A Pale View of Hills (1982) is Kazuo Ishiguro's first novel. Its narrator, Etsuko, lives in England, and her second daughter, Niki, is visiting from London. We learn early on that Etsuko's first daughter, Keiko, was so unhappy in life she committed suicide. During Niki's visit, Etsuko remembers a time not long after the war, when she was a young woman, pregnant with Keiko and living in Nagasaki. There she met Sachiko, whose daughter, Mariko, was also very unhappy as a little girl.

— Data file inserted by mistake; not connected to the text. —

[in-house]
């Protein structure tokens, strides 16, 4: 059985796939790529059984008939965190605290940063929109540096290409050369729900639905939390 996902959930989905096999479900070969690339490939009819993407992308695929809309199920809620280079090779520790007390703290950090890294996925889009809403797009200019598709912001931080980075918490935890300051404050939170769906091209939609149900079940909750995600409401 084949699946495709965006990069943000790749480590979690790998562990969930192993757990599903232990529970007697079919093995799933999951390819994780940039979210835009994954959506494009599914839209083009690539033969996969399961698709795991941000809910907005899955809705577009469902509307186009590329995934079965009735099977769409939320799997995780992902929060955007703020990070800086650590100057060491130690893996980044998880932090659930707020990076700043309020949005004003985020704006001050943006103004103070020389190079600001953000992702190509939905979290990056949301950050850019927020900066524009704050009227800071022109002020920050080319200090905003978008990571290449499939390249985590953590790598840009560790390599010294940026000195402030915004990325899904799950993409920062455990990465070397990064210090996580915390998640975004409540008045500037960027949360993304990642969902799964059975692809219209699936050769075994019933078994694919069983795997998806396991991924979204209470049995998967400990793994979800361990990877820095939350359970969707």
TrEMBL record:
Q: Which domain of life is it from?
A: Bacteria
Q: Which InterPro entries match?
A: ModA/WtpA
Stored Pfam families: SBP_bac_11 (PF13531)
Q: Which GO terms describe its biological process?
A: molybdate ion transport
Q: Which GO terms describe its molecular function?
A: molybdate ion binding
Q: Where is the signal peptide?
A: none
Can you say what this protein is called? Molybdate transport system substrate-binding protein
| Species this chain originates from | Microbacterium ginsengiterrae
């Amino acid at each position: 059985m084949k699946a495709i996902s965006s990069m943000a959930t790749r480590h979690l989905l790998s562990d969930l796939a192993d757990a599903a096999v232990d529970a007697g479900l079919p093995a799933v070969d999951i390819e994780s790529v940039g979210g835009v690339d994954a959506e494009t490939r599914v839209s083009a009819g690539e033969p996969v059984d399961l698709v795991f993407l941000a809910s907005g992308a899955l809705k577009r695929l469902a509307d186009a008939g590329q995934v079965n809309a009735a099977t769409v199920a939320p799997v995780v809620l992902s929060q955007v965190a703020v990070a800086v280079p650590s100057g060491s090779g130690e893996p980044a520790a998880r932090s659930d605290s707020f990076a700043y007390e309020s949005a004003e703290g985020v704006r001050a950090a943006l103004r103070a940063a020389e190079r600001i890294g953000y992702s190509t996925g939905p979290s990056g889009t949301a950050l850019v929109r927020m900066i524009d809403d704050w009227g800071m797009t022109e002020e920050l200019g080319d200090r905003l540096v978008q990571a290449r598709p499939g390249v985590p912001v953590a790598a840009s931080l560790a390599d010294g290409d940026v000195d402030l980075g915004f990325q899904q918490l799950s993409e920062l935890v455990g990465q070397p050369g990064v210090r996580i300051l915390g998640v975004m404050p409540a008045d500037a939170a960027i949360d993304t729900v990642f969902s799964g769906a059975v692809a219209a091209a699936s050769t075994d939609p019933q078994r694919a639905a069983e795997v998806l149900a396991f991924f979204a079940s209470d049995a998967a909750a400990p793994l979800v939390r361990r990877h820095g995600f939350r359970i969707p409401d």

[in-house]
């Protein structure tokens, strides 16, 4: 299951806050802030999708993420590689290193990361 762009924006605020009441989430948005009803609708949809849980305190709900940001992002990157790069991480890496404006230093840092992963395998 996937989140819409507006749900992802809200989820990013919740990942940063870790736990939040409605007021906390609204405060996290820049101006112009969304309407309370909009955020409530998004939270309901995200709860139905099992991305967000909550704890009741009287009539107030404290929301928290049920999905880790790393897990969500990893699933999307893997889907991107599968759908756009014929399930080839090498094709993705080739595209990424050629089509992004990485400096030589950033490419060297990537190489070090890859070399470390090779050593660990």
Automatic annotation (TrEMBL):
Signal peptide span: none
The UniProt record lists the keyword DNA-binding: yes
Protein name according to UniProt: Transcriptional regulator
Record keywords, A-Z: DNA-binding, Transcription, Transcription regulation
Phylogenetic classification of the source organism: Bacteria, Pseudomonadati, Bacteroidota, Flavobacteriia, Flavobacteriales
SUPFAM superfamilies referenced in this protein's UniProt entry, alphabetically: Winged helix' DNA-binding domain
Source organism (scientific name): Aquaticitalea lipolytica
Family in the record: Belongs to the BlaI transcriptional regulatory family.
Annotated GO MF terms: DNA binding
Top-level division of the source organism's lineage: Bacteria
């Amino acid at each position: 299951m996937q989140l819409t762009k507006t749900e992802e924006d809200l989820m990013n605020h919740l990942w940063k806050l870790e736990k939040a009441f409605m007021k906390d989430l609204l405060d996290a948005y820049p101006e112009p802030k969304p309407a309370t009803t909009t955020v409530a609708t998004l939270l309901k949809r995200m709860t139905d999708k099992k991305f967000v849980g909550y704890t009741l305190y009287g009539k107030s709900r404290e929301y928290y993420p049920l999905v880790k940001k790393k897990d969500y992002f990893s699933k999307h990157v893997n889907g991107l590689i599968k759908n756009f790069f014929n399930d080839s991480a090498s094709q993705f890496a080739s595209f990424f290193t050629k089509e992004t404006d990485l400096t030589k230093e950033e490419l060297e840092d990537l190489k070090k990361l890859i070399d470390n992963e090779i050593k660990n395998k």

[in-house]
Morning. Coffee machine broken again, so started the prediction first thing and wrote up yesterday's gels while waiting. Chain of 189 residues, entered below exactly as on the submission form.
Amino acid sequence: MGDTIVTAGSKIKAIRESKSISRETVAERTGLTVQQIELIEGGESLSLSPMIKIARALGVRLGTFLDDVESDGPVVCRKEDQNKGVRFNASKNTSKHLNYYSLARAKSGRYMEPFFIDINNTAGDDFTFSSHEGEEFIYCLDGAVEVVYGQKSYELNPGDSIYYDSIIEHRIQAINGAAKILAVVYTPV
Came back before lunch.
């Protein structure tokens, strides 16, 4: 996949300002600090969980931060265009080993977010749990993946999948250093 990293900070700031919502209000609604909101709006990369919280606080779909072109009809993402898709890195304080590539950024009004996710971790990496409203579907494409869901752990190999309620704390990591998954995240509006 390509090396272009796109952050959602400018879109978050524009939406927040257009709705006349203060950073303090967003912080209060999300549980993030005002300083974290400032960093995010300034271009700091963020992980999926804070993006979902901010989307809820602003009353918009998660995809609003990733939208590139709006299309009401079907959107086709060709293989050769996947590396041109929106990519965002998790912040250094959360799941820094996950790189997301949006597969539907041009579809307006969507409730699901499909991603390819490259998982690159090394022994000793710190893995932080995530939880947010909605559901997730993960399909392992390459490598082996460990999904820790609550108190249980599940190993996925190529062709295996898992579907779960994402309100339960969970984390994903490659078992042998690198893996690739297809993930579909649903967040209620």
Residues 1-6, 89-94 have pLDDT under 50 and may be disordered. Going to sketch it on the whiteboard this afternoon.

There's something eerily evocative about this story. I wanted somebody to rescue Mariko, but from whom or what she could've been rescued, I wasn't sure. Through ostensibly banal conversations and accounts of everyday experiences, the tension swells slowly and moderately before gradually receding, again and again and again, which made me expect the absolute worst. Ishiguro is a master of subtlety, and it shows in this early work as it does in The Remains of the Day (1989), and likely in his other novels which I have yet to read. A Pale View of Hills has been described as macabre and mysterious. A review in The New York Review of Books calls it a ghost story, adding the narrator doesn't realize that it is. For me, the book itself feels haunted, and the writing is pure, with each word carefully chosen. It's a novel I'll remember and recommend.